1. You don’t have to pack anything. Seriously, NOTHING. Well, OK, you need to pack diapers so you can catch what comes out after. I never packed a nursing cover (jackets, burp cloths, or my own shirt usually sufficed), I never packed pacifiers (after the 4th month, when G would just reject them by spitting them out), bottles, formula, or anything like that. So easy!

This is what a milk coma looks like.

2. Because you don’t have to pack anything, there is nothing to forget at home or have to buy at the store at 2 in the morning. Listen, almost anyone who knows me will tell you that besides being lazy, I have a horrible memory problem. I’d forget my head if it weren’t screwed on, and I’d forget my boobs at home if they weren’t permanently attached. When G started eating solids, I’d always forget to pack snacks for him, which is why so many people saw me nursing in public. Breast milk is always fresh, always available, doesn’t run out (and require Daddy to run to the grocery store in the middle of the night) and never forgotten at home.

3. It doesn’t take as long. Yes, it takes about 4-6 weeks to “get the hang of it,” and bottle-feeding is very straightforward from the word go. But I believe that the initial time and patience to learn how to breastfeed again appeals to my lazy side. Why? Once again, if G was crying or required any kind of comfort, all I had to do was lay him in my lap. By the time he was 8 months, he would stop crying before he even latched on because he figured out what was coming. This is why I think breast milk has magic in it. It can stop almost any healthy child from crying. Seriously. TRY IT. It takes less than 3 seconds to place your child in your lap and whip out your breast (yeah, by the time G was 3 months old, I could really do it that quickly!).

I really appreciated this time aspect when G was waking up every 2 hours in the middle of the night. I wondered how I would have gotten any sleep at all if I had to prepare a bottle for him every time. (Also add to this the fact that I am also clumsy as well as lazy. I bet I’d drop an uncapped milk bottle at least once a night.) Actually, I would have probably sent my husband to do it. Because of this time aspect, in the first 3 months of G’s life, my husband only had to wake up 3-4 times to help me. Since he was still working full-time during the day, I felt he should get his sleep at night. G and I napped during the day.

4. I don’t have to do as much washing. If I had to choose 2 chores that I don’t hate, it’s laundry and washing dishes — but only those hard-working, type-A people enjoy cleaning. I am not one of those people. When G was in school, yes, I had to wash bottles, but there were definitely fewer of them than if he had bottle-fed full-time. Also, breast milk stains, whether in the bottle or on clothes, are easier to get out of clothes than formula or milk stains, or any food or dirt stains. You just throw it in the wash and let the detergent take care of it.

5. Related to this is the fact that breastfed poops don’t stink as bad and are easier to wash. As someone who did a lot of babysitting for extra money, I’ve changed my share of diapers. And phew, were they stinky! My son was the first exclusively-breastfed diaper that I had changed, and guess what? The smell ain’t so bad. AT ALL. The best description I’ve heard of is buttered popcorn. Yes, it really does smell like buttered popcorn! Also, in the unfortunate event that you get baby poop on the baby’s clothes or heaven forbid, on YOUR clothes, you know what you do, lazy girl? Just throw those clothes in the washing machine. You don’t even have to rinse it out first! It also means that there are fewer clothes ruined. (Not that they can wear them for very long; if my baby is normal, then he grew out of clothes so quickly, he wore some things barely once.)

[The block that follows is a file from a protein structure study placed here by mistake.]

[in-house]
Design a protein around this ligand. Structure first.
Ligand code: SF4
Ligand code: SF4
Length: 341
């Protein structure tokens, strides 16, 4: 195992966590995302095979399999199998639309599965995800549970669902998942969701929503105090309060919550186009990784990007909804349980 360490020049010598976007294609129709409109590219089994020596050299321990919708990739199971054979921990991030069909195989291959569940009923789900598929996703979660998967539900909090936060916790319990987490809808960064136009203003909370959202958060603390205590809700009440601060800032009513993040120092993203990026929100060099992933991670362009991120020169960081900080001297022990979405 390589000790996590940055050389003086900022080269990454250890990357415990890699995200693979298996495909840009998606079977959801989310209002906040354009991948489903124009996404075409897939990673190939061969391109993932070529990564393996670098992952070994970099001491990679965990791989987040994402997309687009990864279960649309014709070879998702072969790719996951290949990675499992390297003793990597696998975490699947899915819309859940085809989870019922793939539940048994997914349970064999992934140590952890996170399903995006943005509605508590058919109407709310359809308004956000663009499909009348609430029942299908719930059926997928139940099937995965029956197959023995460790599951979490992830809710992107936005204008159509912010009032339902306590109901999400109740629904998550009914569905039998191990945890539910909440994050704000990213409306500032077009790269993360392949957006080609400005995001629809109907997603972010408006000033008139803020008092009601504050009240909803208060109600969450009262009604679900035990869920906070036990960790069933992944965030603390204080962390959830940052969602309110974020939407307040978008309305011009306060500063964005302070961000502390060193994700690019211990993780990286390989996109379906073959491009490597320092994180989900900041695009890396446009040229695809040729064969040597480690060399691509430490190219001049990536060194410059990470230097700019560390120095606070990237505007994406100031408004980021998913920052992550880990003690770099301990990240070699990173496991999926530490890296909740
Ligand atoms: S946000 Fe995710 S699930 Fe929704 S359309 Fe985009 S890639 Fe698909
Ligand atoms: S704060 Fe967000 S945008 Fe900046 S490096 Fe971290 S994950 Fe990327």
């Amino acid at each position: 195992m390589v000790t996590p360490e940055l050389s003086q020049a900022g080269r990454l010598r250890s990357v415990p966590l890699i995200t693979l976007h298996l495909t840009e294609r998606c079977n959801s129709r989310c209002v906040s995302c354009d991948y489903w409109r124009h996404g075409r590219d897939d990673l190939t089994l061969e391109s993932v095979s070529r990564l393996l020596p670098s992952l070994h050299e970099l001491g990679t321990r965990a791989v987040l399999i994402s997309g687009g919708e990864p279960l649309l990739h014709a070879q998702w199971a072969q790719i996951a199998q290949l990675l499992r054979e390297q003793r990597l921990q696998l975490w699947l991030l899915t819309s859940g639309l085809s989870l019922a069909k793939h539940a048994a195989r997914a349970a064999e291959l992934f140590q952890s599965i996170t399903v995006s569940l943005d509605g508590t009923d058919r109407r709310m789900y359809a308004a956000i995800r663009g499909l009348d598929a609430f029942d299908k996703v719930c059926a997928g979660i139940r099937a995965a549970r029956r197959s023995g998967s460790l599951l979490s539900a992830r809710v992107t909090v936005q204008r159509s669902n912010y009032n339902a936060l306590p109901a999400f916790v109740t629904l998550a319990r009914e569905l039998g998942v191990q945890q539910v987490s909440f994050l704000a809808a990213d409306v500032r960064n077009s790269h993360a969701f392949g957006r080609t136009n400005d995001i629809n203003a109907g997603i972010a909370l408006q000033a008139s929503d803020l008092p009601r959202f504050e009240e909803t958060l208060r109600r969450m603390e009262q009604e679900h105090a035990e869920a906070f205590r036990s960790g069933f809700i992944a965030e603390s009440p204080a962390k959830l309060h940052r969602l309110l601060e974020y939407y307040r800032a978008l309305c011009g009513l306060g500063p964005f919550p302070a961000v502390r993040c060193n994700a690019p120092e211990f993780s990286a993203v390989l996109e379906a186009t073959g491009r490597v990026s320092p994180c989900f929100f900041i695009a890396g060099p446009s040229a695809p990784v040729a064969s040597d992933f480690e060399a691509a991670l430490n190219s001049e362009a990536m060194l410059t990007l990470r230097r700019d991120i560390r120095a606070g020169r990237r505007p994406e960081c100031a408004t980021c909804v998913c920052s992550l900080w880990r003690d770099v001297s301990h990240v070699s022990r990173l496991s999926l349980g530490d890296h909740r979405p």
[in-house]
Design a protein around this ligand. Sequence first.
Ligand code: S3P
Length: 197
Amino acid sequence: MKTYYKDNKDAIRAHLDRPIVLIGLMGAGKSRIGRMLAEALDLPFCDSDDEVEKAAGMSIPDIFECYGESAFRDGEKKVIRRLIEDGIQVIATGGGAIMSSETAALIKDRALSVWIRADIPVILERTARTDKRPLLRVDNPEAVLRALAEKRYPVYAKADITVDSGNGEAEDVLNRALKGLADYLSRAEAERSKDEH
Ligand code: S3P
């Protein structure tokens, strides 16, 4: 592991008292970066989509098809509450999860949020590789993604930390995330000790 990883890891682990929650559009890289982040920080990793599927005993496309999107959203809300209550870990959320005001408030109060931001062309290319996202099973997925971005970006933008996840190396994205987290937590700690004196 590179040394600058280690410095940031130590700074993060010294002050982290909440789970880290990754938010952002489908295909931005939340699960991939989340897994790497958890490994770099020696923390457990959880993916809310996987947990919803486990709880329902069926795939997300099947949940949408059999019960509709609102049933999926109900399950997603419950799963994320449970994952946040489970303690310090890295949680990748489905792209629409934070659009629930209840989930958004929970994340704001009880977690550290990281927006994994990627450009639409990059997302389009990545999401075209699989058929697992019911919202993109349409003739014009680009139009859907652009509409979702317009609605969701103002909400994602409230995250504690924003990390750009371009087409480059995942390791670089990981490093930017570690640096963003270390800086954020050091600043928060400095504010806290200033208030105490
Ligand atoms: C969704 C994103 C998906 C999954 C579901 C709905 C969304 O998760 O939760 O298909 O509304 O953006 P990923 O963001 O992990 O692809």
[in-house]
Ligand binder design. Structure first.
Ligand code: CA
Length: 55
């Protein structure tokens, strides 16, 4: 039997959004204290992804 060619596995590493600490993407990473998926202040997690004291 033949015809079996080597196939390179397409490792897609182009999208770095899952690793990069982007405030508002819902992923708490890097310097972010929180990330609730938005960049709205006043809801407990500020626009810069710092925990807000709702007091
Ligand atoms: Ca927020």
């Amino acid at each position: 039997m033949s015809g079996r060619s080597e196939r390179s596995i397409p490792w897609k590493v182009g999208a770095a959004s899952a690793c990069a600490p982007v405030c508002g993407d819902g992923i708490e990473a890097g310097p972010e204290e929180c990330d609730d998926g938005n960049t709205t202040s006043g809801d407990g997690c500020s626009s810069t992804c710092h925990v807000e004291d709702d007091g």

6. It’s cheaper. Do I really need to pull out that chart that shows how much families spend on formula for the first year? I found a website that says it costs $1,000-$2,300 for the first year on formula. But that doesn’t even take into account the water (to mix with the formula as well as to wash the bottles), the bottles, and the things you need to clean the bottles. Cheaper is cheaper is cheaper is FREE (especially if you don’t need to pump). Breastfeeding is free. In tough economic times, anything you can get for free is good (well, almost anything). Sure, I ate like a hungry gorilla for the first 6 months of my son’s life, so we might have spent a bit more on food — but not $2,300 worth of food. Which brings me to my next point:

7. It’s a great weight-loss program. It’s not just about how breastfeeding contracts the uterus (which it does — it’s that thing inside your abdomen area that causes what I fondly refer to as the “mom pooch”), but I found that I ate much better when I was breastfeeding than when I wasn’t. Basically, my subconscious told me, “Whatever you’re putting in your mouth eventually goes into your child’s mouth, too.” I didn’t reject the occasional cheeseburger or anything, but I drank lots more water (felt thirsty all the time anyway and then it just became a habit) and craved veggies like crazy. Not that this will necessarily work for you. But it’s a good reason to start, right?